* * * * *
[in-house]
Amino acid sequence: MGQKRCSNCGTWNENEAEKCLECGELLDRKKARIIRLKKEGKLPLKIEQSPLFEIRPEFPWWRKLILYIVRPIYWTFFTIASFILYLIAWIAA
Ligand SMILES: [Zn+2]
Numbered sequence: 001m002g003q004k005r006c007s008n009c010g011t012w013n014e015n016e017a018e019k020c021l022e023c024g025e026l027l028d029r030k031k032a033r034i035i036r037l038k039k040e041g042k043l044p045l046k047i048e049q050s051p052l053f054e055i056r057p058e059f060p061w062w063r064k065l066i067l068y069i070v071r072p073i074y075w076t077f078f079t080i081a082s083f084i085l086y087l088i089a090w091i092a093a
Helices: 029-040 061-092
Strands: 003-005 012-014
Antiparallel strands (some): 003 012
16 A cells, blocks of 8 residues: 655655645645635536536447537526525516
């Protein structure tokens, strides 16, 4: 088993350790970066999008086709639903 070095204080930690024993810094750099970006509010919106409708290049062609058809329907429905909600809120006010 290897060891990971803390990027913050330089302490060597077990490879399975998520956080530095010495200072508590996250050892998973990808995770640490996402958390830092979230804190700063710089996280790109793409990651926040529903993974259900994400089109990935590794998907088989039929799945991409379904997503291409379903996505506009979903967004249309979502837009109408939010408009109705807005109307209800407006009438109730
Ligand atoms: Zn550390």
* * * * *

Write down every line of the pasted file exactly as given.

[in-house]
Amino acid sequence: MGQKRCSNCGTWNENEAEKCLECGELLDRKKARIIRLKKEGKLPLKIEQSPLFEIRPEFPWWRKLILYIVRPIYWTFFTIASFILYLIAWIAA
Ligand SMILES: [Zn+2]
Numbered sequence: 001m002g003q004k005r006c007s008n009c010g011t012w013n014e015n016e017a018e019k020c021l022e023c024g025e026l027l028d029r030k031k032a033r034i035i036r037l038k039k040e041g042k043l044p045l046k047i048e049q050s051p052l053f054e055i056r057p058e059f060p061w062w063r064k065l066i067l068y069i070v071r072p073i074y075w076t077f078f079t080i081a082s083f084i085l086y087l088i089a090w091i092a093a
Helices: 029-040 061-092
Strands: 003-005 012-014
Antiparallel strands (some): 003 012
16 A cells, blocks of 8 residues: 655655645645635536536447537526525516
């Protein structure tokens, strides 16, 4: 088993350790970066999008086709639903 070095204080930690024993810094750099970006509010919106409708290049062609058809329907429905909600809120006010 290897060891990971803390990027913050330089302490060597077990490879399975998520956080530095010495200072508590996250050892998973990808995770640490996402958390830092979230804190700063710089996280790109793409990651926040529903993974259900994400089109990935590794998907088989039929799945991409379904997503291409379903996505506009979903967004249309979502837009109408939010408009109705807005109307209800407006009438109730
Ligand atoms: Zn550390």